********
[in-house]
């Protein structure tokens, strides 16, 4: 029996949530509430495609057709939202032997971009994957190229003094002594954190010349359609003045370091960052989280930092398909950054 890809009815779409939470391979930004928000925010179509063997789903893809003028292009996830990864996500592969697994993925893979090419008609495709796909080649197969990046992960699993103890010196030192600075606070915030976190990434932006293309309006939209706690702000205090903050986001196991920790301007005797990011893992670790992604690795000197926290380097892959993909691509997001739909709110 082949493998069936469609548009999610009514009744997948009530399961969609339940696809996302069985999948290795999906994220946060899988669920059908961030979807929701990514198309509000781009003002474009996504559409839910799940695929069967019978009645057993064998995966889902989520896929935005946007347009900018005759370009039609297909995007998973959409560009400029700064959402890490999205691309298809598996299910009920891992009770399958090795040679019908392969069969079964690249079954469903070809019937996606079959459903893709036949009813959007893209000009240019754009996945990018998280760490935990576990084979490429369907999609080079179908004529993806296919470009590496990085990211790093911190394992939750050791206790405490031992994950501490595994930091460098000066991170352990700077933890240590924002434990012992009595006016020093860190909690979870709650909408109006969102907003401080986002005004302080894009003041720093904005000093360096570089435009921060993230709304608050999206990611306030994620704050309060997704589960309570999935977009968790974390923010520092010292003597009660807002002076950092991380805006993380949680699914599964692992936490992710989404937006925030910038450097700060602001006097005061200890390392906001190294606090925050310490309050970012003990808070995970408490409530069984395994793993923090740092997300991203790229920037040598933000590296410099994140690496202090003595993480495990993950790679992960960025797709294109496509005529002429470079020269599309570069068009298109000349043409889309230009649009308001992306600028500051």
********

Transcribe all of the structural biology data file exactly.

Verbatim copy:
[in-house]
């Protein structure tokens, strides 16, 4: 029996949530509430495609057709939202032997971009994957190229003094002594954190010349359609003045370091960052989280930092398909950054 890809009815779409939470391979930004928000925010179509063997789903893809003028292009996830990864996500592969697994993925893979090419008609495709796909080649197969990046992960699993103890010196030192600075606070915030976190990434932006293309309006939209706690702000205090903050986001196991920790301007005797990011893992670790992604690795000197926290380097892959993909691509997001739909709110 082949493998069936469609548009999610009514009744997948009530399961969609339940696809996302069985999948290795999906994220946060899988669920059908961030979807929701990514198309509000781009003002474009996504559409839910799940695929069967019978009645057993064998995966889902989520896929935005946007347009900018005759370009039609297909995007998973959409560009400029700064959402890490999205691309298809598996299910009920891992009770399958090795040679019908392969069969079964690249079954469903070809019937996606079959459903893709036949009813959007893209000009240019754009996945990018998280760490935990576990084979490429369907999609080079179908004529993806296919470009590496990085990211790093911190394992939750050791206790405490031992994950501490595994930091460098000066991170352990700077933890240590924002434990012992009595006016020093860190909690979870709650909408109006969102907003401080986002005004302080894009003041720093904005000093360096570089435009921060993230709304608050999206990611306030994620704050309060997704589960309570999935977009968790974390923010520092010292003597009660807002002076950092991380805006993380949680699914599964692992936490992710989404937006925030910038450097700060602001006097005061200890390392906001190294606090925050310490309050970012003990808070995970408490409530069984395994793993923090740092997300991203790229920037040598933000590296410099994140690496202090003595993480495990993950790679992960960025797709294109496509005529002429470079020269599309570069068009298109000349043409889309230009649009308001992306600028500051």